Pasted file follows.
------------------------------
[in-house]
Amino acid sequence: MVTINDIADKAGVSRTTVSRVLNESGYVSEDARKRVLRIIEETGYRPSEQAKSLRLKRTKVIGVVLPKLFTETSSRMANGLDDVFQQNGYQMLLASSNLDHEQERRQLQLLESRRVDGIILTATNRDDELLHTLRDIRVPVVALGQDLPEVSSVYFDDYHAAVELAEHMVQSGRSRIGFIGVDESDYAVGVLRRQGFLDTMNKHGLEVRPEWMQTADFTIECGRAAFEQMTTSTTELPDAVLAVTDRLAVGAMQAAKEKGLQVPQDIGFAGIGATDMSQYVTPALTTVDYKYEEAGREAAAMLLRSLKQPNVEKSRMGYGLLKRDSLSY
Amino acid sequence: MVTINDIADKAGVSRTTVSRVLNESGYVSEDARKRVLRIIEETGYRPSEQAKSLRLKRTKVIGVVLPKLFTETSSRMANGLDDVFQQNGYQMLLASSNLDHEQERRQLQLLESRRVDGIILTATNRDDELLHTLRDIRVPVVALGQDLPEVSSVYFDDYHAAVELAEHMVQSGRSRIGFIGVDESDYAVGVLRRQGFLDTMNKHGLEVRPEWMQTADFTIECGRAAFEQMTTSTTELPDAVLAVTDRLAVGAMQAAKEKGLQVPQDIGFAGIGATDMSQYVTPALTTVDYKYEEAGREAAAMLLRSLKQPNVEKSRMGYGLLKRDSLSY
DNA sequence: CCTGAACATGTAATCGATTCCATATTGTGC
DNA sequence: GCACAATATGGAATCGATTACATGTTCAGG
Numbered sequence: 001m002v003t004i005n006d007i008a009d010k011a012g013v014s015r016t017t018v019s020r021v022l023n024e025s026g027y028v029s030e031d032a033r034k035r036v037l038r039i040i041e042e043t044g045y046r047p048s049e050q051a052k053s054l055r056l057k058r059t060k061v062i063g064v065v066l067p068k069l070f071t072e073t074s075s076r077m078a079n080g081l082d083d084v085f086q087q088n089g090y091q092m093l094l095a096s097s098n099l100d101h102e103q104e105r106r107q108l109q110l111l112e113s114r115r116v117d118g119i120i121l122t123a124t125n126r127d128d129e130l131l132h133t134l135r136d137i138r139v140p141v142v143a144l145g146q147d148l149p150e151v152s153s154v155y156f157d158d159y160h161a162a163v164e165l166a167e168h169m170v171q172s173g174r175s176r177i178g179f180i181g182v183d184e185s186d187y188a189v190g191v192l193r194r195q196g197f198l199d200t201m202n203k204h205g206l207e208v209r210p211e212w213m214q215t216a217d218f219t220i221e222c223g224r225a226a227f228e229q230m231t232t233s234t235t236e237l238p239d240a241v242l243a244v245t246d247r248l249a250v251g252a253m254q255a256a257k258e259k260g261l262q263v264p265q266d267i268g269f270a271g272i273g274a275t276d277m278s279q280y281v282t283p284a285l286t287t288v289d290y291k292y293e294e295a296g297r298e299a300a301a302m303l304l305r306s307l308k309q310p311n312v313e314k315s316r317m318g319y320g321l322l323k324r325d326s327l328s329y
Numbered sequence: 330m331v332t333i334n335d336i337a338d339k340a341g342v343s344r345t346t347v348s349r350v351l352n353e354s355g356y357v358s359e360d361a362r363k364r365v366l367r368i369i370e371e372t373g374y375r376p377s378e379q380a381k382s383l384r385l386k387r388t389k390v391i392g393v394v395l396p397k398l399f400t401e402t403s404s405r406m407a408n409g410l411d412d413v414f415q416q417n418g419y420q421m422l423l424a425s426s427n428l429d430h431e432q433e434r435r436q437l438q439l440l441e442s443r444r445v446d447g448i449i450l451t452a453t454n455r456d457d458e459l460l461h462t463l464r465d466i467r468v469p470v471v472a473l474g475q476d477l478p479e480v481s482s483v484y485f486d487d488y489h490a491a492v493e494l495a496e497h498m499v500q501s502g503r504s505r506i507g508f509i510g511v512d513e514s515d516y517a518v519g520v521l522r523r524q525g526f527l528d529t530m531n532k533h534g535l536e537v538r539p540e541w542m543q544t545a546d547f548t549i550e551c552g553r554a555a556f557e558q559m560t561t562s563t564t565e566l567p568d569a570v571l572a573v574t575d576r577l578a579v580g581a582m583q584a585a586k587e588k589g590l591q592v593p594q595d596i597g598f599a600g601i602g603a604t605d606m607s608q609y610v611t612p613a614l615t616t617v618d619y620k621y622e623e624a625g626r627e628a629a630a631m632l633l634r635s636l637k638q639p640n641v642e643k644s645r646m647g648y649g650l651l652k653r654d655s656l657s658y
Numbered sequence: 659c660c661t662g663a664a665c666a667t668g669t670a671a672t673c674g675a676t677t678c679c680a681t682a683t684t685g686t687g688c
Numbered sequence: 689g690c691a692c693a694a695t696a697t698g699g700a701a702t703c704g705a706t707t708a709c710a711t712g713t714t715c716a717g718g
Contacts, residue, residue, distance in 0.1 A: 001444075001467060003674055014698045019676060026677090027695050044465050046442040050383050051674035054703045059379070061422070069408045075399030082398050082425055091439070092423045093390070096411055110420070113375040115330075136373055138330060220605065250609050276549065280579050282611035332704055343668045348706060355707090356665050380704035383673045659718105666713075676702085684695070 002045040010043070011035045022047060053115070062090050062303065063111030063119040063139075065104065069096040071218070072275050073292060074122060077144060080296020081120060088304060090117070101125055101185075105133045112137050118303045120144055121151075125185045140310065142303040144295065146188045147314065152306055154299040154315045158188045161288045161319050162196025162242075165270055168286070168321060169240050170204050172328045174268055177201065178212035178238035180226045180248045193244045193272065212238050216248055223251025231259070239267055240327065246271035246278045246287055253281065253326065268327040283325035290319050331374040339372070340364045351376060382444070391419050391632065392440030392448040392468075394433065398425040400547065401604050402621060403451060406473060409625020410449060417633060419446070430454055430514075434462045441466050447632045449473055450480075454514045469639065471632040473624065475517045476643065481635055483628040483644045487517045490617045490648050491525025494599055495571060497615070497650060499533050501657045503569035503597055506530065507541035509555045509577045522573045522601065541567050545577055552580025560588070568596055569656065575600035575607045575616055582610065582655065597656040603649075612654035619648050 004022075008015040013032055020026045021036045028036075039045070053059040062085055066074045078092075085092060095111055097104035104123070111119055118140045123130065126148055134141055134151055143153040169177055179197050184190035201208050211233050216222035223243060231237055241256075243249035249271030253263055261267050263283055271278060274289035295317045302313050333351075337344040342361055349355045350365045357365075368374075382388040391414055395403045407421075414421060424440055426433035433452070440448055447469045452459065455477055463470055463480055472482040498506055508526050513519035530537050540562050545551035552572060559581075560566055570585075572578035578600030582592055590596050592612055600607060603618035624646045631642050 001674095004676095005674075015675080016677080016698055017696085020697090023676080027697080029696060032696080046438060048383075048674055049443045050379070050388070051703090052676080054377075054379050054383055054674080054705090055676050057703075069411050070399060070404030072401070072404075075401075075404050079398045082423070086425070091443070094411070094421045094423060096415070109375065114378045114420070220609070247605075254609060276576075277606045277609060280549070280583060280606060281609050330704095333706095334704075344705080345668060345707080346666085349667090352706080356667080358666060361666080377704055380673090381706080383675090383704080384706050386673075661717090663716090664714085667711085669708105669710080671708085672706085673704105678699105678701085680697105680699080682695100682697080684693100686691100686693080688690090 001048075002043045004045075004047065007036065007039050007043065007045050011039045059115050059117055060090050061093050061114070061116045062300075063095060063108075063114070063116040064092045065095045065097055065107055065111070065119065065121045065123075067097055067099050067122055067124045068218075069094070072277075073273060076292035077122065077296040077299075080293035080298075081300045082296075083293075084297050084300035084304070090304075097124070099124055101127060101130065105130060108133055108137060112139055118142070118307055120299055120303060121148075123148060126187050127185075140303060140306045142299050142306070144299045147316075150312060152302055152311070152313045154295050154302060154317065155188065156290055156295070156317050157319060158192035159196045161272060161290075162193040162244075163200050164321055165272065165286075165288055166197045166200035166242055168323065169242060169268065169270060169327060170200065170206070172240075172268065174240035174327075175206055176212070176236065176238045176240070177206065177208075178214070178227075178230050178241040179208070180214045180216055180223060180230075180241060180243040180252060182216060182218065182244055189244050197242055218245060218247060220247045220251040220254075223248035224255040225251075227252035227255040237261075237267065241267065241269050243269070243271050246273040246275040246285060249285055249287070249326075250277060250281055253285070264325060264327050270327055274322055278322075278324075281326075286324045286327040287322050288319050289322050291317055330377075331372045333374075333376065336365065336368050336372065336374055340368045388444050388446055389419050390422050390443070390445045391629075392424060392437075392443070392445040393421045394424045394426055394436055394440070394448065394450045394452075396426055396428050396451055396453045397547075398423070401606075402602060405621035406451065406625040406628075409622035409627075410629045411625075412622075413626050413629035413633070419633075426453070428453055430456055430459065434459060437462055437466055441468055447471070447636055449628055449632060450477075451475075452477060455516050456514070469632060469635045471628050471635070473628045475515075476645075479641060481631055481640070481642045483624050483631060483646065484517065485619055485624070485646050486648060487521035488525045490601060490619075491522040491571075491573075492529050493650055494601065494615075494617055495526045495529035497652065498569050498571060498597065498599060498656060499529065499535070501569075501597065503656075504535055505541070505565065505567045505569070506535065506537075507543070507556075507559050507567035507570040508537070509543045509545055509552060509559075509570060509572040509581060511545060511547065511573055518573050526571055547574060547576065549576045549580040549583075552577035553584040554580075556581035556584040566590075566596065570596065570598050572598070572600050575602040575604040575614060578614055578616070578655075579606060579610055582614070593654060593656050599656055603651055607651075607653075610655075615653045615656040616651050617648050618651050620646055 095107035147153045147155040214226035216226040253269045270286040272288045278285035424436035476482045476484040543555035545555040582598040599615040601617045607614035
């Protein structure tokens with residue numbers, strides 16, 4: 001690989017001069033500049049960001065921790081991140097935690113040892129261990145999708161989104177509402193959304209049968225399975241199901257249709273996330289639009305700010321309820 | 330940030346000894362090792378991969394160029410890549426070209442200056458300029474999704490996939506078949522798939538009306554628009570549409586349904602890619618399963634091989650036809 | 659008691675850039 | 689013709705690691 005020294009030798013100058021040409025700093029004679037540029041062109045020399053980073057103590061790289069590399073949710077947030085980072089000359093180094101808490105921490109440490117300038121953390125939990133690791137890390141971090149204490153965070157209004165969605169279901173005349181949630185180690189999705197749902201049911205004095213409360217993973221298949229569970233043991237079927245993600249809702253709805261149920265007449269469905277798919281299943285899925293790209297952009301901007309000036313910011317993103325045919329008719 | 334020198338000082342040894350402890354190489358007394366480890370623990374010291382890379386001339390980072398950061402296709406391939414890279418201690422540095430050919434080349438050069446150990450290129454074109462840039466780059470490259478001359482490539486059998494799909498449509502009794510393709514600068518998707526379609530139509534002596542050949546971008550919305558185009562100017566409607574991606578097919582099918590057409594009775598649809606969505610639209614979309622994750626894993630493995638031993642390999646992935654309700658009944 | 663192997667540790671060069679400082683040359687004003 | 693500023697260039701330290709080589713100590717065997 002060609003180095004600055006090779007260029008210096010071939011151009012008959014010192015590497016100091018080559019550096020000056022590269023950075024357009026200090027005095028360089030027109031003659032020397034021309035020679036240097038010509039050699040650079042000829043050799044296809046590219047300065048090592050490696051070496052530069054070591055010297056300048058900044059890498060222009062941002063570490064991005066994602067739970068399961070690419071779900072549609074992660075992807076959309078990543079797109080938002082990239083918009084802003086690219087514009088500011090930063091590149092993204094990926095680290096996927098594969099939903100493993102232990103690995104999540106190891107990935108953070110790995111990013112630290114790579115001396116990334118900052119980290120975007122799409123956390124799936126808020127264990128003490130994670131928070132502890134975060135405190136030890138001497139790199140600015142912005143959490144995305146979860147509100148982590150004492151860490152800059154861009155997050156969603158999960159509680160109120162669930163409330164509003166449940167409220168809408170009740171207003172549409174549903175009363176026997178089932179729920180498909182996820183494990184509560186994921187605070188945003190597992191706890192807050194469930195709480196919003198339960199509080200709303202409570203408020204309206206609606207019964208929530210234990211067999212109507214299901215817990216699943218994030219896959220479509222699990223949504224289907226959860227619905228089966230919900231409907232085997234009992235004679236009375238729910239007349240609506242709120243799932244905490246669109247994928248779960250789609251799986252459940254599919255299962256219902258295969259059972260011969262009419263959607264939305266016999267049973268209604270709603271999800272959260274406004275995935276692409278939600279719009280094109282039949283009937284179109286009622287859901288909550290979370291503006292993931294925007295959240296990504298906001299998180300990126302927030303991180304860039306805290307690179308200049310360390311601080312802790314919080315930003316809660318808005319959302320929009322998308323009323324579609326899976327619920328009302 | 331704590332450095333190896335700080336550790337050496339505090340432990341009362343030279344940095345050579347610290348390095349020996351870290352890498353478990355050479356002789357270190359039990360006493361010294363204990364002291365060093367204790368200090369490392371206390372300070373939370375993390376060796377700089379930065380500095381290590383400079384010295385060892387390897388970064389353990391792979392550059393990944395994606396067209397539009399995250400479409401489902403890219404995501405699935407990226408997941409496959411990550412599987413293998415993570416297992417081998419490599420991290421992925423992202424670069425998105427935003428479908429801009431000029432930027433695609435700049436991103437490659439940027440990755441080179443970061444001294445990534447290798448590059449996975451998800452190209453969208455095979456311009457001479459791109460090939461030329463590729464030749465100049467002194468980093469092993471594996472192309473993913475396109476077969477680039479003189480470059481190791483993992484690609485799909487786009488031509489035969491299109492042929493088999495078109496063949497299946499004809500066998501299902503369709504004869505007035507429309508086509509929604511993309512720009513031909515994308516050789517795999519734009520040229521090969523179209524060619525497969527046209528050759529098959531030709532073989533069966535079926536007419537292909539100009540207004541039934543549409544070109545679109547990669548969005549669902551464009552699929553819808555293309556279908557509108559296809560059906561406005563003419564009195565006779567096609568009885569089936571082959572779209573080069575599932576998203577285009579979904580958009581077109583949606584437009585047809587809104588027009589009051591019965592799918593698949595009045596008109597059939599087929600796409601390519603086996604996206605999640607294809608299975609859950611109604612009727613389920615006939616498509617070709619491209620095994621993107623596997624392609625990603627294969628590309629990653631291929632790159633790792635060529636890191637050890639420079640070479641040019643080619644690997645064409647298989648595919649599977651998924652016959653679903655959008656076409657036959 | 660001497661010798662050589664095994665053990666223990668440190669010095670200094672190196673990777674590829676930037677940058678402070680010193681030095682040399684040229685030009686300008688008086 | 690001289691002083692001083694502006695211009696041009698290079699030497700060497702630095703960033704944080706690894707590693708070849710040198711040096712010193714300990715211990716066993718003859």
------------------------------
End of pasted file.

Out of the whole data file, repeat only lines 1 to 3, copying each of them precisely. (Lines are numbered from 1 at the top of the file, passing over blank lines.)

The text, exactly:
[in-house]
Amino acid sequence: MVTINDIADKAGVSRTTVSRVLNESGYVSEDARKRVLRIIEETGYRPSEQAKSLRLKRTKVIGVVLPKLFTETSSRMANGLDDVFQQNGYQMLLASSNLDHEQERRQLQLLESRRVDGIILTATNRDDELLHTLRDIRVPVVALGQDLPEVSSVYFDDYHAAVELAEHMVQSGRSRIGFIGVDESDYAVGVLRRQGFLDTMNKHGLEVRPEWMQTADFTIECGRAAFEQMTTSTTELPDAVLAVTDRLAVGAMQAAKEKGLQVPQDIGFAGIGATDMSQYVTPALTTVDYKYEEAGREAAAMLLRSLKQPNVEKSRMGYGLLKRDSLSY
Amino acid sequence: MVTINDIADKAGVSRTTVSRVLNESGYVSEDARKRVLRIIEETGYRPSEQAKSLRLKRTKVIGVVLPKLFTETSSRMANGLDDVFQQNGYQMLLASSNLDHEQERRQLQLLESRRVDGIILTATNRDDELLHTLRDIRVPVVALGQDLPEVSSVYFDDYHAAVELAEHMVQSGRSRIGFIGVDESDYAVGVLRRQGFLDTMNKHGLEVRPEWMQTADFTIECGRAAFEQMTTSTTELPDAVLAVTDRLAVGAMQAAKEKGLQVPQDIGFAGIGATDMSQYVTPALTTVDYKYEEAGREAAAMLLRSLKQPNVEKSRMGYGLLKRDSLSY